Shift worker Intervention Focus Groups
Shift Work Supervisors
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What is a focus group?
How a focus group works
- interested in your view points, you represent 3-4 million people who may have view just like you.
- research project, not selling anything, just want your perceptions.
- talk to each other, not just me.
- not right or wrong answers, OK to differ, want to hear about different opinions.
- honest answers
- everyone talks, no hand raising
What will be discussed this evening?
We are not here to critique your workplace in particular, but we want to develop a sense of how the workplace in general could be improved to help employees to get better sleep and reduce their risk of driving while drowsy.
We asked you here because we would like to learn about your experiences. Specifically we are interested in getting your opinion about some specific areas related to improving sleep in night shift workers, how some programs might be implemented, whether you might expect some things to work or not work, and what things you can imagine might prevent some of these ideas from working.
Tell us your name, what you do, how many hours of sleep you get on an average night, and a quick story about how your lack of sleep may have affected you personally.
- Do you consider worker sleepiness or fatigue to be a problem in your workplace?
- Have your employees complained to you about extreme tiredness, sleepiness, or fatigue?
- What do you do or say to them? Are you aware of any of your employees falling asleep while driving?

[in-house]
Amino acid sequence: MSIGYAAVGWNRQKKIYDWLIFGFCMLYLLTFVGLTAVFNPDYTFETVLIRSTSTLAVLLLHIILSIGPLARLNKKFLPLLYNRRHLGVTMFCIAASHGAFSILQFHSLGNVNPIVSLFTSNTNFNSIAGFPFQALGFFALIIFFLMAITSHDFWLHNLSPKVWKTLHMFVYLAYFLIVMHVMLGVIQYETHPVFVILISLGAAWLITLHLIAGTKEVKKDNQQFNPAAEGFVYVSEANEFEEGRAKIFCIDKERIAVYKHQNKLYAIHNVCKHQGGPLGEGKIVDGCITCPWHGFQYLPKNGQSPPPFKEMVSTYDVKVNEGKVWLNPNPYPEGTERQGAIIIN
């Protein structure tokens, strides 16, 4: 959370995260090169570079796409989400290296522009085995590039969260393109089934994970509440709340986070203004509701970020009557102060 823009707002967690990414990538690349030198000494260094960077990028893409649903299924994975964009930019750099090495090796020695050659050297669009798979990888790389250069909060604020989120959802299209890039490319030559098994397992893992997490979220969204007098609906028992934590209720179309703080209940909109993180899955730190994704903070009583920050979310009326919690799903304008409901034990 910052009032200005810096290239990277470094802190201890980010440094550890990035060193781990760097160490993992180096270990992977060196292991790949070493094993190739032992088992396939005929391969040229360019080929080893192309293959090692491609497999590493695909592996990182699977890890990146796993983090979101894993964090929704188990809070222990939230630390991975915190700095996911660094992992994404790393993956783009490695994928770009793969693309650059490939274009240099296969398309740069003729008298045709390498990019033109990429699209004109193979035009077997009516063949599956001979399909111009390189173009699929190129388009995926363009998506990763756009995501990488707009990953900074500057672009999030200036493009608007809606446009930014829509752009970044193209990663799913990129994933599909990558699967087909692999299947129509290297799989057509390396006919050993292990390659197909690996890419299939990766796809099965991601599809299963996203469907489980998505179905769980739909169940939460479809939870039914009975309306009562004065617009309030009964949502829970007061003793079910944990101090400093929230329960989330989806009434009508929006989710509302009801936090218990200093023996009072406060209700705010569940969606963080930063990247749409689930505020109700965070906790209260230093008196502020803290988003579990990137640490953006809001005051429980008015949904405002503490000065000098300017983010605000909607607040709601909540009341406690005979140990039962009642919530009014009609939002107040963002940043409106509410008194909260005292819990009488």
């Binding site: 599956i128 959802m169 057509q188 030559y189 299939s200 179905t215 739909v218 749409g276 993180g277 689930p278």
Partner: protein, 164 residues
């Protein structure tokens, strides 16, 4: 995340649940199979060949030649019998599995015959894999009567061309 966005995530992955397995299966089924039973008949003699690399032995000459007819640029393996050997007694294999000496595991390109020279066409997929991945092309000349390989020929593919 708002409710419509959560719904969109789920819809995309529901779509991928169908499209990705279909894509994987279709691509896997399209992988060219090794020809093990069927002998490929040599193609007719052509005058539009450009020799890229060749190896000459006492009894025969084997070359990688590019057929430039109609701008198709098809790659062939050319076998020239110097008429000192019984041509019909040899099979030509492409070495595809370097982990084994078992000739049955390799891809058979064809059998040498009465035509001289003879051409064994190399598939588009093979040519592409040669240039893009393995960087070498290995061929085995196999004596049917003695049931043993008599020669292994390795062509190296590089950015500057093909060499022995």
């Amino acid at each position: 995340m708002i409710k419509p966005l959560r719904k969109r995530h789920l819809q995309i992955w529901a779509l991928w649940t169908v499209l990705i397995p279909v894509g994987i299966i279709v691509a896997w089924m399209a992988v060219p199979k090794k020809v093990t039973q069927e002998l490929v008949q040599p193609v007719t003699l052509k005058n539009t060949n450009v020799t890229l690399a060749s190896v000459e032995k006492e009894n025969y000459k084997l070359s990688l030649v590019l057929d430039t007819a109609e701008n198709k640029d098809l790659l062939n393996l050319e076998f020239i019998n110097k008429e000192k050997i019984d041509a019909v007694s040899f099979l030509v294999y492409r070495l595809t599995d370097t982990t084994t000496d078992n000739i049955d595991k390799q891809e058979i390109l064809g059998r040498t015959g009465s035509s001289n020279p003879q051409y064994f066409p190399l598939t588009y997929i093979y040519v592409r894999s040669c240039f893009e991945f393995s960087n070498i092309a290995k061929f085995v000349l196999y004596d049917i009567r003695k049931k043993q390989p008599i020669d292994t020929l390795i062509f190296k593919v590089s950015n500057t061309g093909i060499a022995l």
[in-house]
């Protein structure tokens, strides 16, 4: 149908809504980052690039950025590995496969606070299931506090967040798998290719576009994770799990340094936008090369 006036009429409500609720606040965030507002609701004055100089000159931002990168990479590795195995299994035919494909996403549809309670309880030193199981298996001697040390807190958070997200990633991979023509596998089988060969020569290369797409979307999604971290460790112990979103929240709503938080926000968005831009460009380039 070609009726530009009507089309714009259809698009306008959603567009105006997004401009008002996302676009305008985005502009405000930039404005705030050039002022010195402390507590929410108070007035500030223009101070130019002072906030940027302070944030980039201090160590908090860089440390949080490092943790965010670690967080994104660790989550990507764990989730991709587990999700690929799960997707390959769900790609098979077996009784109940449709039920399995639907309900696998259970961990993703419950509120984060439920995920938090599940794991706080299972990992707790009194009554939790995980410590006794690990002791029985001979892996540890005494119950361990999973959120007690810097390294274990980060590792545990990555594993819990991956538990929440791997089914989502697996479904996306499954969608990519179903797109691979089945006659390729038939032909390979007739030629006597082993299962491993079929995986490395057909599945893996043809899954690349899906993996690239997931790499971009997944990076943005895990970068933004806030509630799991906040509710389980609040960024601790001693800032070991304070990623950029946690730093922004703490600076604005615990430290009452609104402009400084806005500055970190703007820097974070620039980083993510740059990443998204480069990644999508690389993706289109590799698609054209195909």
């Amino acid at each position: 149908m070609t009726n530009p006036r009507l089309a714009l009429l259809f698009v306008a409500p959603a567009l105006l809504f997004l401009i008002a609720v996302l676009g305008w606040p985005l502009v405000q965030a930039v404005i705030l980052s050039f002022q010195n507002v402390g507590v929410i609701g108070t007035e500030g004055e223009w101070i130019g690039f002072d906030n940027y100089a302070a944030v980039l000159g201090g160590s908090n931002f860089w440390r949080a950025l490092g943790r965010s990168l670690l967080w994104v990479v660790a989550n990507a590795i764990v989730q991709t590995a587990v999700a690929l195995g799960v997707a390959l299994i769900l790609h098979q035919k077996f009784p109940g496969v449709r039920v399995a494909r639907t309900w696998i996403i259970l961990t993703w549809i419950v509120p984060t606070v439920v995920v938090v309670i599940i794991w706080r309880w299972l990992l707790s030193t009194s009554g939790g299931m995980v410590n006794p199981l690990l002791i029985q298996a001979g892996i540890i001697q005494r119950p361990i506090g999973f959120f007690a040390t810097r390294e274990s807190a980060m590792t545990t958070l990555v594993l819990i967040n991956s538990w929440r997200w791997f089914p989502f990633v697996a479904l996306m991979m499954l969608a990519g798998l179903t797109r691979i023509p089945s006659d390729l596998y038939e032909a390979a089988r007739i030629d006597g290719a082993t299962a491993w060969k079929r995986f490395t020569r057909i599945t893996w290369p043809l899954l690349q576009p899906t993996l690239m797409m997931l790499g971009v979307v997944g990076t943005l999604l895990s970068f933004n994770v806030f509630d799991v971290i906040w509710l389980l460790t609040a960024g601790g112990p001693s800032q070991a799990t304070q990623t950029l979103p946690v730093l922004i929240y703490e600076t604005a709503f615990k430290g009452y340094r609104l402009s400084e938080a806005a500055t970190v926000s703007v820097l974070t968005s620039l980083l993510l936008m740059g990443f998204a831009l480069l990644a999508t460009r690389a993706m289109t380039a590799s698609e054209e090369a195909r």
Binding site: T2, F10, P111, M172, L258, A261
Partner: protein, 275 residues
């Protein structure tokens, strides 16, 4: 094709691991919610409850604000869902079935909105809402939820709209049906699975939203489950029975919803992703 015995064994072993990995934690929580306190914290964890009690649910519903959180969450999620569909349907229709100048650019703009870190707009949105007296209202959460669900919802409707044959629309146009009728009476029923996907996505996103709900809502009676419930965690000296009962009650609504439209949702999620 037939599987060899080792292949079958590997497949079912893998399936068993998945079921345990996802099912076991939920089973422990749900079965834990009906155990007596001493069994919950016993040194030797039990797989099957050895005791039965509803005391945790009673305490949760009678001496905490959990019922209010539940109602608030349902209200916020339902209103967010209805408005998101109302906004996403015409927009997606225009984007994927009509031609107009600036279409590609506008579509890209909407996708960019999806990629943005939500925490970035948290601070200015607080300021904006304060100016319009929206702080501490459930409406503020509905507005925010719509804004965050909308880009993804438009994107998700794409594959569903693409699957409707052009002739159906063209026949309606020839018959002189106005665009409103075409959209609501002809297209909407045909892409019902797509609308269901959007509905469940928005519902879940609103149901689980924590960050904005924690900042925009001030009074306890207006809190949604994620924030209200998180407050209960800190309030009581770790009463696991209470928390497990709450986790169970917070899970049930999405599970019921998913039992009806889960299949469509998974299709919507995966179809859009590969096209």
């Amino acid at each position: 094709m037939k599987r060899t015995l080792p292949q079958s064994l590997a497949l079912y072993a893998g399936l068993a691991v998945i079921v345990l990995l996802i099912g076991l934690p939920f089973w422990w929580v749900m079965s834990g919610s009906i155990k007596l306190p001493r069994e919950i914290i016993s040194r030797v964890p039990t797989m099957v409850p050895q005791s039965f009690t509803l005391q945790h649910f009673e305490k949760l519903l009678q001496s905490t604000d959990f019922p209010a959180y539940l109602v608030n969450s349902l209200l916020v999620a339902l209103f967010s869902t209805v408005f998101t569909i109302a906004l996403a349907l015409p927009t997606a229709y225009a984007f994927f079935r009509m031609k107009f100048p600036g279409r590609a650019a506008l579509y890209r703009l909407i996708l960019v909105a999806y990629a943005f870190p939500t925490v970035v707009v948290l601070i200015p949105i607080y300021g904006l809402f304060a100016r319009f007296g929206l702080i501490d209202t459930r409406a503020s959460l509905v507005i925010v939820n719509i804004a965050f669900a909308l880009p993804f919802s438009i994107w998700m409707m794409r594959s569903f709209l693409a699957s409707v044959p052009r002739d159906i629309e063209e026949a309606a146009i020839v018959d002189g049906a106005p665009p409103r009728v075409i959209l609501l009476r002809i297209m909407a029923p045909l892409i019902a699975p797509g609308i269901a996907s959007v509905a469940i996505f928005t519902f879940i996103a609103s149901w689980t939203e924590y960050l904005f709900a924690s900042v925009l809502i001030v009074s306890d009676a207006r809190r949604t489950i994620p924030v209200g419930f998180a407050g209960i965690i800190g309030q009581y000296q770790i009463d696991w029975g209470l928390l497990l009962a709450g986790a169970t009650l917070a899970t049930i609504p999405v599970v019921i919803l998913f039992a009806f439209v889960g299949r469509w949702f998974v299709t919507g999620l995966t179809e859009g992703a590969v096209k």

Discussion of the Need for Sleep
Statistics suggest that night shift employees average about 4 hours of sleep per night, compared with evening shift workers (7 hours) and day shift workers (8 hours).
- Does that surprise you?
- Do you think that occurs where you work?
- Do some people only require 4 hours of sleep?
- Do you think that would affect the quality of work on the night shift? The health and safety of your employees?
- Would knowing this help motivate you to seek changes in your employees sleep habits?
Discussion of Interventions
- Some studies suggest that allowing workers to be involved in setting work schedules helps workers acceptance of their schedule and allows them better control over their lifestyle and may help them to get more sleep.
- Would worker involvement in developing work schedules be possible in your situation? Why? Why not?
- Do you think an incentive system where employees were rewarded for flexibility in making schedules would work at your at your job site?
- What kind of rewards would work for your employees?
- What would employers be willing to offer?
- Would a formal or informal system work better?
- What are some of the other barriers to getting workers involved in schedule making?
- Would you expect this intervention to have an impact on the alertness/performance of your workers? On their driving? Why or why not?
- What role does good communication between employers and employees play in workers getting enough sleep?
- Some night shift workers we spoke with believe that employers don't understand the pressures of night shift work. What things could be done at your workplace to improve communication on the topic of worker drowsiness?
- What else about the work atmosphere could be changed to promote better sleep among employees?